So far, the decisions attached to this whole mommy thing have been simple. Legal guardian? Done, easy. Do we want to raise the kid in church? Done, easy. Choosing which pregnancy and baby books was easy. Choosing names was easy. Choosing a doctor...well, I think we just got really really lucky with that one, but regardless, easy. Choosing a birth plan, easy. Should I breastfeed? Done, easy. Choosing who will be in the delivery room, easy. Should I take birthing/parenting classes? Done, easy. The one thing I have struggled to make a decision on is the one thing that should be the easiest decision in the world. Should I stay at home, or should I go back to work?

Before you start stoning me, let me explain. Ryan and I are not rolling in the dough, by any means. We have been fortunate and wise enough to pull ourselves out of the financial crater we were in a year ago, and our bank account looks better than negative. We could afford for me to stay home, it would be tight, like fitting 12 Mexicans in a mini cooper tight, but we could do it. I worry that we may not be able to afford things for our kids, and we might put ourselves in a bind financially if I do stay at home for any length of time. Now I totally realize that they aren't going to college or playing hockey when they're six weeks old, but that crap is expensive and the cost for those things add up fast and seriously, the school system gives you like a week's notice for this stuff. I would like to give our kids opportunities that we didn't have growing up, like a paid college education, or the opportunity to go to football or ballet camp. If I decide to stay at home, regardless of my bachelor's degree and 10 years of accounting experience, interviewers will see the gap in my resume and think I'm not current in my field. It's the age old story so many women have gone through. They decide to stay at home, and when the kids go to school the mom decides it's time to go back to work, only, she can't find a job because she's been out of the game too long, so she ends up working retail, or taking a receptionist position in an attempt to prove herself worthy. In the meantime she's making $8/hr. and wondering why she's even bothering with all this trouble because now the gas getting to and from the job, and the after-school babysitter is more than her paycheck, so now they REALLY can't afford for little Johnny to go to space camp.

I'm not a fan of someone else raising my child. Not that I have no faith in the daycare system. I know a lot of working mom's who really love their daycares. I want to raise my child, that's all. I'm also not a fan of missing milestones in my kid's life. I recall a friend of mine who came into work crying. I asked her what was wrong and she said, that as she was dropping her kid off at daycare, she happily reported that her son took his first steps last night. The girl smiled and said, "Oh yeah he's been doing that for days now." I can only imagine how disappointing that must be. You're his mom and you're missing huge things, like first steps and first words.

I know, I know, at this point you're probably thinking that this is just a matter of what's more important-your career or your kid. I fully understand; however, that's not how I see it. I see my job as a means of being able to provide extra things for my kid that I didn't have growing up. So really it all does come down to the kid. Will I be more upset about missing the kids first steps, or explaining to little Billy why we can't afford for him to go to football camp with his friends? I have no idea. I have no idea what to do.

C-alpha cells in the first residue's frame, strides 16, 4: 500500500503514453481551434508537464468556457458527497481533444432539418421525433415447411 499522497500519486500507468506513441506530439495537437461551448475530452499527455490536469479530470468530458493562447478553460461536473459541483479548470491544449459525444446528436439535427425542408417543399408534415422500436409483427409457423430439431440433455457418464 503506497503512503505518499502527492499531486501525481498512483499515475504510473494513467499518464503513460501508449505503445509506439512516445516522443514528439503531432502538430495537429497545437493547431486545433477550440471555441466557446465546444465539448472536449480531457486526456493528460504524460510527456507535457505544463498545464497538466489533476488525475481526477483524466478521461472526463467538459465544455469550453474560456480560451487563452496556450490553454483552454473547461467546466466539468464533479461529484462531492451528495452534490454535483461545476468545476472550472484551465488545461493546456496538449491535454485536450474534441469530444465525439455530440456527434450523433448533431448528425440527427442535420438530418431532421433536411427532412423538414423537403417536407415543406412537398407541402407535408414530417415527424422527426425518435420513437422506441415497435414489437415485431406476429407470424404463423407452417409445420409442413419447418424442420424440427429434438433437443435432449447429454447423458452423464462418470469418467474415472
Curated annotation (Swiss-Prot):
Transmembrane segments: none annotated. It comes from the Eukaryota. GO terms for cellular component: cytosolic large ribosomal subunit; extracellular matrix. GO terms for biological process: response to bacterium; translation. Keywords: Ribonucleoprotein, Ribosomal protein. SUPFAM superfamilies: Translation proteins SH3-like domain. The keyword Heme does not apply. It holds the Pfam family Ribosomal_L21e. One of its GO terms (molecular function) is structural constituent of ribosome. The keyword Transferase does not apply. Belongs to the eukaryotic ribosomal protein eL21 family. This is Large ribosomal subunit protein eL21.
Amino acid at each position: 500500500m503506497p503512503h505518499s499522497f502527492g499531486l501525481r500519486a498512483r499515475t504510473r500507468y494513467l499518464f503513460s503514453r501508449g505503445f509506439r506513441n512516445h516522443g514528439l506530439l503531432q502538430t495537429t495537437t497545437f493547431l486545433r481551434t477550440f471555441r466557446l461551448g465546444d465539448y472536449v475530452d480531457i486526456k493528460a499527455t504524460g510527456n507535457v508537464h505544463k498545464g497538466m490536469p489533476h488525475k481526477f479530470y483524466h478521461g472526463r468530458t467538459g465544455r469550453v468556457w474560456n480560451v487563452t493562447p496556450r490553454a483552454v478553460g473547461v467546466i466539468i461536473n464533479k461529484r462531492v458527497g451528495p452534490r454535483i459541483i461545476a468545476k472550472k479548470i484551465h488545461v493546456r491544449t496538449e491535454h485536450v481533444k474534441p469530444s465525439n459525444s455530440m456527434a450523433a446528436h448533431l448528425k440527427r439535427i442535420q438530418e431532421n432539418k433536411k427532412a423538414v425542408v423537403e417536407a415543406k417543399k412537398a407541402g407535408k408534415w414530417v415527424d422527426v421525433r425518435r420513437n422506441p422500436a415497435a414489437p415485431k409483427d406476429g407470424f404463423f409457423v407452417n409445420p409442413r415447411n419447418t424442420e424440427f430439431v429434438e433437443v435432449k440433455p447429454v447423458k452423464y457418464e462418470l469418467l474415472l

Ideally, I would work part time, and get daycare part time. That would be the best of both worlds. I get to keep my career and stay current in my field, while still having time for my baby. I'd even be able to do a workout everyday! The only problem with that is, I have no idea if my employer will go for that. I could do my job in 25 hrs. a week no problem. There are days I leave early because I have absolutely nothing left to do. My employer would save money, wouldn't have to pay benefits, would have someone experienced and someone they like in the position, but I have no idea if they'll see it this way. They are hiring a girl to work in customer service and be my "back-up" when I go on maternity leave. They may just say screw it, we'll just keep chicky-poo instead of you. That's no bueno.

Ya know what, yes it would be a bummer to miss my kid's first steps, first words, ect. but really I'm the only one suffering from that standpoint. Sprout isn't going to know if mommy was there for his/her first steps. I have no idea if my mom was there for my first steps and I'm no less of a person because of it. Later on, not being able to send my kid to college, or being able to pay for my daughter's wedding, or being able to pay for them to play sports, the kids are the ones suffering then. I think I would rather be able to afford for my kids to be able to do things and have the life they want than me be selfish and tell them they have to go without because I don't want to miss anything. Does this make any sense? I'm not a professional writer, I'm just a blogger who sometimes can't get her words to make sense. I guess perhaps I solved my own dilemma. I'm just gonna keep my fingers crossed that my boss likes the part time idea...

Before I start receiving hate mail, allow me to clarify. I am in no way, shape or form saying stay at home moms are selfish. Two of my best friends are stay at home moms and they in no way are selfish people. They however have different situations than I. If you can afford to stay home and choose to do so, that is completely up to you, and I am in no way passing judgement. This post is specifically speaking about me and my family. I can only speak on my behalf since I live my life. I can't possible know your life situation or why you choose the decisions you did, nor do I pretend to. I am strictly speaking for myself.